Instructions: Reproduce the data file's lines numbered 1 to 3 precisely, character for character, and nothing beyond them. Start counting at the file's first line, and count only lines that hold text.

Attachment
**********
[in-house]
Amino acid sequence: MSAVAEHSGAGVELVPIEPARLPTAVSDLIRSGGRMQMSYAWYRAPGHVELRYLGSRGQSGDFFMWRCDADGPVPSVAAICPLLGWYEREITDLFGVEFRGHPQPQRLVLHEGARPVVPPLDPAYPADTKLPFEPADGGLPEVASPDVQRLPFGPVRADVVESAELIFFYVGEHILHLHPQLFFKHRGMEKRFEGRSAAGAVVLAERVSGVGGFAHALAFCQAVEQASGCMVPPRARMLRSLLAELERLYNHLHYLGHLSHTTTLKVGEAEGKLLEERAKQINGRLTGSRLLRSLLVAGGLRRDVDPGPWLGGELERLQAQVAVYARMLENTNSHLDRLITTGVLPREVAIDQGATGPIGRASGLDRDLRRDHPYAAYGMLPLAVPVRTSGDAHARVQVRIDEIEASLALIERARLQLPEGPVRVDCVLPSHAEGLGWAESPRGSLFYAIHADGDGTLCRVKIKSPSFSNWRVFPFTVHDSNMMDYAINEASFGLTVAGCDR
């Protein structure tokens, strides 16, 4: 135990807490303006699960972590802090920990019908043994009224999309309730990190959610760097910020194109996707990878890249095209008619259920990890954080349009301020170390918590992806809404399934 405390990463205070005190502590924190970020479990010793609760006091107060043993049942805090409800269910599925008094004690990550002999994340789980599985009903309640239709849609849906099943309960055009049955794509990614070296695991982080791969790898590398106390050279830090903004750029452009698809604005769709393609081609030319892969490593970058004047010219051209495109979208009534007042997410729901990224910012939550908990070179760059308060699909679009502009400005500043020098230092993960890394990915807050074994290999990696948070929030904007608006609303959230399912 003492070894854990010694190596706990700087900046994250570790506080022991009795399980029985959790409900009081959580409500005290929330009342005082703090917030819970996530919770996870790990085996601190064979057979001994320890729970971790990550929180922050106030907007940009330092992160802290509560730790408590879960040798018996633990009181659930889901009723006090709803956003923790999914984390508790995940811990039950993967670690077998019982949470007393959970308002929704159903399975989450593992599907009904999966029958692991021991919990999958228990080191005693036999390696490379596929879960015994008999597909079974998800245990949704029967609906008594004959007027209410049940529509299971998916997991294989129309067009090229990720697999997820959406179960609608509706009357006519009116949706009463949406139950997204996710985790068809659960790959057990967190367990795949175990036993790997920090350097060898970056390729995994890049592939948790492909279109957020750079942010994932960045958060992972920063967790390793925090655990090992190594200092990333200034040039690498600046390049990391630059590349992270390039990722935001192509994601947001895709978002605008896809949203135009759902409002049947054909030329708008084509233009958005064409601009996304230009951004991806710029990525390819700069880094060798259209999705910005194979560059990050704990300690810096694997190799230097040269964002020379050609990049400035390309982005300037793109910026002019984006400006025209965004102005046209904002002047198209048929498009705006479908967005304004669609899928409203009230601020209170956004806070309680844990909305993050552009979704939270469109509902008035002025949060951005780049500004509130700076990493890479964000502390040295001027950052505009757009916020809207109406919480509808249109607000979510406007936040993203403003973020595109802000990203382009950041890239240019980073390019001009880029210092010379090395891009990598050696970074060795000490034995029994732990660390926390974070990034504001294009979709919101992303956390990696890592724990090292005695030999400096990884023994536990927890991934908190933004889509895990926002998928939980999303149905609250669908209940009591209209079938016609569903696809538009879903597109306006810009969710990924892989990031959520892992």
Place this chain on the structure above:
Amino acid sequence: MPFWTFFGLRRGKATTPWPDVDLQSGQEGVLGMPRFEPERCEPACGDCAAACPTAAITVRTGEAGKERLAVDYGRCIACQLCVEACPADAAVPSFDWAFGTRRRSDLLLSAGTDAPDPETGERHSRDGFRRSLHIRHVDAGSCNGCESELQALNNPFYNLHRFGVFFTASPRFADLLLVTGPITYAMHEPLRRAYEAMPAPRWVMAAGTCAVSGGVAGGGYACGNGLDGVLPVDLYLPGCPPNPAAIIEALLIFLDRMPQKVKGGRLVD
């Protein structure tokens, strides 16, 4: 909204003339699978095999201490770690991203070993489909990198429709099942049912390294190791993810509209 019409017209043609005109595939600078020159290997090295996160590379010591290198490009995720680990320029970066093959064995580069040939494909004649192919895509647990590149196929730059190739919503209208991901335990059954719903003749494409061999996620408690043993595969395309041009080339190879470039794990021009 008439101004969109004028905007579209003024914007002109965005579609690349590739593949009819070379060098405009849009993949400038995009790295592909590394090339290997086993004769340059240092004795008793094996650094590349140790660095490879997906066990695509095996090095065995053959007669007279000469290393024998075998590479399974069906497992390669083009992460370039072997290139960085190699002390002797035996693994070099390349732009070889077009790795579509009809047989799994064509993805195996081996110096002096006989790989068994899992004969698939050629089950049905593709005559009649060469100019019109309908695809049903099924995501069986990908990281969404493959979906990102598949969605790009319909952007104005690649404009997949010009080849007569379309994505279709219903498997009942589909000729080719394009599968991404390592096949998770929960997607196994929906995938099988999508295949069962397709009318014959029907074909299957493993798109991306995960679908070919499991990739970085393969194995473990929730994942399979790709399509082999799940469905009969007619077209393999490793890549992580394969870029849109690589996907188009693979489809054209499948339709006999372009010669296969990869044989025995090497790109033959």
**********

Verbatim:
[in-house]
Amino acid sequence: MSAVAEHSGAGVELVPIEPARLPTAVSDLIRSGGRMQMSYAWYRAPGHVELRYLGSRGQSGDFFMWRCDADGPVPSVAAICPLLGWYEREITDLFGVEFRGHPQPQRLVLHEGARPVVPPLDPAYPADTKLPFEPADGGLPEVASPDVQRLPFGPVRADVVESAELIFFYVGEHILHLHPQLFFKHRGMEKRFEGRSAAGAVVLAERVSGVGGFAHALAFCQAVEQASGCMVPPRARMLRSLLAELERLYNHLHYLGHLSHTTTLKVGEAEGKLLEERAKQINGRLTGSRLLRSLLVAGGLRRDVDPGPWLGGELERLQAQVAVYARMLENTNSHLDRLITTGVLPREVAIDQGATGPIGRASGLDRDLRRDHPYAAYGMLPLAVPVRTSGDAHARVQVRIDEIEASLALIERARLQLPEGPVRVDCVLPSHAEGLGWAESPRGSLFYAIHADGDGTLCRVKIKSPSFSNWRVFPFTVHDSNMMDYAINEASFGLTVAGCDR
């Protein structure tokens, strides 16, 4: 135990807490303006699960972590802090920990019908043994009224999309309730990190959610760097910020194109996707990878890249095209008619259920990890954080349009301020170390918590992806809404399934 405390990463205070005190502590924190970020479990010793609760006091107060043993049942805090409800269910599925008094004690990550002999994340789980599985009903309640239709849609849906099943309960055009049955794509990614070296695991982080791969790898590398106390050279830090903004750029452009698809604005769709393609081609030319892969490593970058004047010219051209495109979208009534007042997410729901990224910012939550908990070179760059308060699909679009502009400005500043020098230092993960890394990915807050074994290999990696948070929030904007608006609303959230399912 003492070894854990010694190596706990700087900046994250570790506080022991009795399980029985959790409900009081959580409500005290929330009342005082703090917030819970996530919770996870790990085996601190064979057979001994320890729970971790990550929180922050106030907007940009330092992160802290509560730790408590879960040798018996633990009181659930889901009723006090709803956003923790999914984390508790995940811990039950993967670690077998019982949470007393959970308002929704159903399975989450593992599907009904999966029958692991021991919990999958228990080191005693036999390696490379596929879960015994008999597909079974998800245990949704029967609906008594004959007027209410049940529509299971998916997991294989129309067009090229990720697999997820959406179960609608509706009357006519009116949706009463949406139950997204996710985790068809659960790959057990967190367990795949175990036993790997920090350097060898970056390729995994890049592939948790492909279109957020750079942010994932960045958060992972920063967790390793925090655990090992190594200092990333200034040039690498600046390049990391630059590349992270390039990722935001192509994601947001895709978002605008896809949203135009759902409002049947054909030329708008084509233009958005064409601009996304230009951004991806710029990525390819700069880094060798259209999705910005194979560059990050704990300690810096694997190799230097040269964002020379050609990049400035390309982005300037793109910026002019984006400006025209965004102005046209904002002047198209048929498009705006479908967005304004669609899928409203009230601020209170956004806070309680844990909305993050552009979704939270469109509902008035002025949060951005780049500004509130700076990493890479964000502390040295001027950052505009757009916020809207109406919480509808249109607000979510406007936040993203403003973020595109802000990203382009950041890239240019980073390019001009880029210092010379090395891009990598050696970074060795000490034995029994732990660390926390974070990034504001294009979709919101992303956390990696890592724990090292005695030999400096990884023994536990927890991934908190933004889509895990926002998928939980999303149905609250669908209940009591209209079938016609569903696809538009879903597109306006810009969710990924892989990031959520892992």